Attilio Ignazio Lo Monte, Francesca Rappa, Francesco Damiani, Emanuele Sinagra, Giovanni Tomasello, Claudia Campanella, Antonella Marino Gammazza, Francesco Cappello, Alida Abruzzo, Claudia Campanella, A. Marino Gammazza, Maurizio Bellavia, Provvidenza Damiani, Rappa, Luca Cicero, Alida Abruzzo, Tomasello, Damiani, Attilio Ignazio Lo Monte, Cappello

Risultato della ricerca: Otherpeer review


Inflammatory Bowel Diseases (IBD) is a chronic disorder characterized bya relapsing-remitting course, which alternates between active and quiescent states, ultimately impairing a patient's quality of life. The two main types of IBD are Crohn's disease (CD) and ulcerative colitis (UC). CD shows a transmural granulomatous inflammation that can involve any segment of the intestine affecting all layers of the intestinal wall while UC is limited to the mucosa and superficial sub-mucosa of the colon. In physiologial conditions the gut is costantly exposed to various antigens, commensal microflora and pathogens and the inflammatory response is finely balanced. Anyhow in some individuals with genetic susceptibility an anomalous inflammatory response can arise due to the deregulation of the negative feedback mechanisms implicated in its self-regulation. It is thought that a vast number of environmental risk factors may be implicated in the development of IBD, including smoking, dietary factors, psycological stress, use of non-steroidal anti-inflammatory drugs and oral contraceptive, appendectomy, breastfeeding, as el as infection. Nutritional support as a primary therapy has a crucial role in the management of patients with IBD since it can control the inflammatory process, treat malnutrition and its consequence, and avoid the use of immune-modulating drugs and their side effects. The gut microbiota is clearly manipulated by dietary components such as in n-3 PUFA and coniugated linoleic acid (CLA) which favorably reduce endotoxin load via shifts in the composition and metabolic activity of the microbial community. In particular, the beneficial effect of n-3 polynsatured fatty acids(PUFAs) and fermentable fiber, during the remission/quiescent phase of both CD and UC is highlighted. In fact, PUFAs are associated with a less grade of inflammation since they are metabolized to 3-series prostaglandins and thromboxanes and 5-series leukotrienes and, in addition, exert antiinflammatory effects when compared with their n-6 PUFA counterparts. In similar action to dietary n-3 PUFA, coniugated linoleic acid (CLA) have been reported to ameliorate intestinal inflammation in animal models of IBD. In contrast to corticosteroids, CLA suppresses gut inflammatory response while echancing antigen specific responsiveness of T cells against viral and bacterial pathogens. Avaitable data about nutritional intervention do not always match due to the incomplete knowledge of pathogenic mechanism underly ing IBD development. Further studies are therefore needed to improve nutritional therapeutic approach. In particular, is still unclear the role of the fiber in helping the remission of the disease. There are mainly two theories. One one hand, dietary fibers casn act as effective prebiotic by altering the intestinal microbial composition and promoting the growth of beneficial bacterial comunities within the large intestine. Some authors reported a positive effect associated with the production by colonic microflora and short chasin fatty acids (SCFA), able to down-regulate the production of pro-inflammatory cytokines to promote the restoration of intracellular reactive Oxygen Specie (ROS) balance, and the activation of NFG-KB. On the other hand, fiber can promote diarrhea, pain and gas aggravating the clinical state. We suggest that the consumption of fermentable fibers may have a good impact on patien's health. Now I wel knownthat version that various SNPs are linked to the risk of IBD development and therefore there is the possibility of predict if an individual is pre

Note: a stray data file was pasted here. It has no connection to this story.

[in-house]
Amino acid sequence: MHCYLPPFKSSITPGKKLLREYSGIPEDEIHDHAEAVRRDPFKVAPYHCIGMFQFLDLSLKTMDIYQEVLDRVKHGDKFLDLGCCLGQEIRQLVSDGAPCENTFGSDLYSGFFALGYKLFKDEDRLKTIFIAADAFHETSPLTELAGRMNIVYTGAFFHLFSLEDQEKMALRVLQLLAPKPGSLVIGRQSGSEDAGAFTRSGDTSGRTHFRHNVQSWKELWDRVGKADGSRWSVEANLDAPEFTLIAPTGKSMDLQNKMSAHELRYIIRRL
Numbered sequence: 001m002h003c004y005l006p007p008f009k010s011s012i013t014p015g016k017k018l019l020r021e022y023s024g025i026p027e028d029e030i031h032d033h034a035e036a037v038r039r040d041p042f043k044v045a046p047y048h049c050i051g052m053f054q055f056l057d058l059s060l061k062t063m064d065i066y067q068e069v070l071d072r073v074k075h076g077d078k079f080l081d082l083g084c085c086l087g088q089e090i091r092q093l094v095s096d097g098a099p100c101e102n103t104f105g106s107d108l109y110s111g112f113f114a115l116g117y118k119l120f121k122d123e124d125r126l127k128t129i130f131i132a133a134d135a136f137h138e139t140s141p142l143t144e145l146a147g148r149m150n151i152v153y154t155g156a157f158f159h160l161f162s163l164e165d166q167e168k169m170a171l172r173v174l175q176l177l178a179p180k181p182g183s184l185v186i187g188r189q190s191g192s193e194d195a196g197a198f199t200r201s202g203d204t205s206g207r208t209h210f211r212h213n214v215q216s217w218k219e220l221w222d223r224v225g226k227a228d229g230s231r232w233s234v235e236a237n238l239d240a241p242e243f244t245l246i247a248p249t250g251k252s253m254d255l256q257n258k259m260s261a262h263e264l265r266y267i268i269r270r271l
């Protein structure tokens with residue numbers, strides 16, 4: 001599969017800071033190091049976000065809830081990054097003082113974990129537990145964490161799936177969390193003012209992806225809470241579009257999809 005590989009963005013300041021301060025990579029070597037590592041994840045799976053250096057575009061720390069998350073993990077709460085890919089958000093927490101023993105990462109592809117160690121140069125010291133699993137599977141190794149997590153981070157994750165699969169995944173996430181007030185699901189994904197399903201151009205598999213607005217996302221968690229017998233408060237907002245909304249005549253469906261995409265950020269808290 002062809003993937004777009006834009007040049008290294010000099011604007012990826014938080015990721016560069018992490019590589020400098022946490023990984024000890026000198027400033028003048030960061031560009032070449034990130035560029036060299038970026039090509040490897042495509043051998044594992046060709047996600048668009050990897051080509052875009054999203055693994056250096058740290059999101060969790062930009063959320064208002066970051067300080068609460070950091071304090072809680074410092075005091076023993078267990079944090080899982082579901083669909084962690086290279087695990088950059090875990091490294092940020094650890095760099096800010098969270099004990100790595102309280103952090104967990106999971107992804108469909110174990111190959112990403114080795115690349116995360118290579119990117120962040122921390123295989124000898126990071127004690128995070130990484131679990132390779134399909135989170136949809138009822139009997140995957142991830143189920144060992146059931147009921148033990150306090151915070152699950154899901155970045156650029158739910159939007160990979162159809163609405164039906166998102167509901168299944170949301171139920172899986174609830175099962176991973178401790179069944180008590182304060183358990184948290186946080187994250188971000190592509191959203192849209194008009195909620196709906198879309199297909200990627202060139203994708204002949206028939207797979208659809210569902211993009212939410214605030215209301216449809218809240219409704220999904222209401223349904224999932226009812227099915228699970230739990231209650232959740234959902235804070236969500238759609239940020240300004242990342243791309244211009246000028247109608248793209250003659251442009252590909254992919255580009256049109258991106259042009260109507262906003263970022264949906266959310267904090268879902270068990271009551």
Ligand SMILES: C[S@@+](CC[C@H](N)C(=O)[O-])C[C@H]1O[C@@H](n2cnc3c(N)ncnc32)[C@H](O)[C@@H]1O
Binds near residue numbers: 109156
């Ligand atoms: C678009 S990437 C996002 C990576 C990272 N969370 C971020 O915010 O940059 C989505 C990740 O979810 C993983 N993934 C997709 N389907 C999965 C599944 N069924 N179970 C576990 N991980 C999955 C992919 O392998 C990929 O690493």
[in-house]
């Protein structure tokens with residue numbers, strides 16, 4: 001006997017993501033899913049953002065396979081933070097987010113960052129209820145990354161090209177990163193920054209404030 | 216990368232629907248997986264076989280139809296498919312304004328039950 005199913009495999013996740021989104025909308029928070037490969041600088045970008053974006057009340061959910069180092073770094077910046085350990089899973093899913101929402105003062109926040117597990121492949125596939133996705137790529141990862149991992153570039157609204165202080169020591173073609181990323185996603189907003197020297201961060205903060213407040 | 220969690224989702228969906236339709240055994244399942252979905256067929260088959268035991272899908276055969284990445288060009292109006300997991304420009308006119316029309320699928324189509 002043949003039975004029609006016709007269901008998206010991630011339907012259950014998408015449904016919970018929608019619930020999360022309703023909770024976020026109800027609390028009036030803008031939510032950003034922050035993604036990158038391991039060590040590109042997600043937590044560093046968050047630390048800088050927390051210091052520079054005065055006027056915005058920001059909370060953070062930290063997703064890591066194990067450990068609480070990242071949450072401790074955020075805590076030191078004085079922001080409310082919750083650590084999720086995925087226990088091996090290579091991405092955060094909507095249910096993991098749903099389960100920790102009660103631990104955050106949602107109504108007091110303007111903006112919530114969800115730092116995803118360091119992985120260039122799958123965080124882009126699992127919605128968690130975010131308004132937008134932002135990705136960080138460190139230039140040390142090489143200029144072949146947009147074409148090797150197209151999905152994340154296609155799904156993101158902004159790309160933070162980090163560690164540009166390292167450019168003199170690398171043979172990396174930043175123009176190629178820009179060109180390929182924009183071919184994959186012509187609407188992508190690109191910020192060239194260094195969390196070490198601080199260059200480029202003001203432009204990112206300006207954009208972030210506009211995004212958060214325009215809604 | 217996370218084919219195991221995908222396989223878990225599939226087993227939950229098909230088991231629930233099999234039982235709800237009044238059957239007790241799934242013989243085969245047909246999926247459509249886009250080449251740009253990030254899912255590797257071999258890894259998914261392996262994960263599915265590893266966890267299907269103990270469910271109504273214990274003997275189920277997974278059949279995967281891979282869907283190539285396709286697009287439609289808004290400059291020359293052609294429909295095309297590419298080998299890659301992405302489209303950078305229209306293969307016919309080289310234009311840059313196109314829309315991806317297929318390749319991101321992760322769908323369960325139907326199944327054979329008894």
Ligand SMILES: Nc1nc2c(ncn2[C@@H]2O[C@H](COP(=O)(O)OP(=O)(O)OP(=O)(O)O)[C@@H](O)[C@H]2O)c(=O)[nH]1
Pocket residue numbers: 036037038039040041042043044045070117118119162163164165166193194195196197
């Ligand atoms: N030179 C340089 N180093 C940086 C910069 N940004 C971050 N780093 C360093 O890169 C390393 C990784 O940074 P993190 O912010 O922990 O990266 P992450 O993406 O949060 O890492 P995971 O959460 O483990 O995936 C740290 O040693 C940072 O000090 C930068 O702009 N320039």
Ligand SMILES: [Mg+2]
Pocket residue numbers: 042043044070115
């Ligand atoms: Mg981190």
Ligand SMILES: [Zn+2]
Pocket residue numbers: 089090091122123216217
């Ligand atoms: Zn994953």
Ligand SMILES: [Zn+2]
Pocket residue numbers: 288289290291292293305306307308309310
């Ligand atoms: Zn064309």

Lingua originaleEnglish
Numero di pagine1
Stato di pubblicazionePublished - 2015

All Science Journal Classification (ASJC) codes

  • ???subjectarea.asjc.1300.1300???
  • ???subjectarea.asjc.1100.1110???
  • ???subjectarea.asjc.2700.2704???


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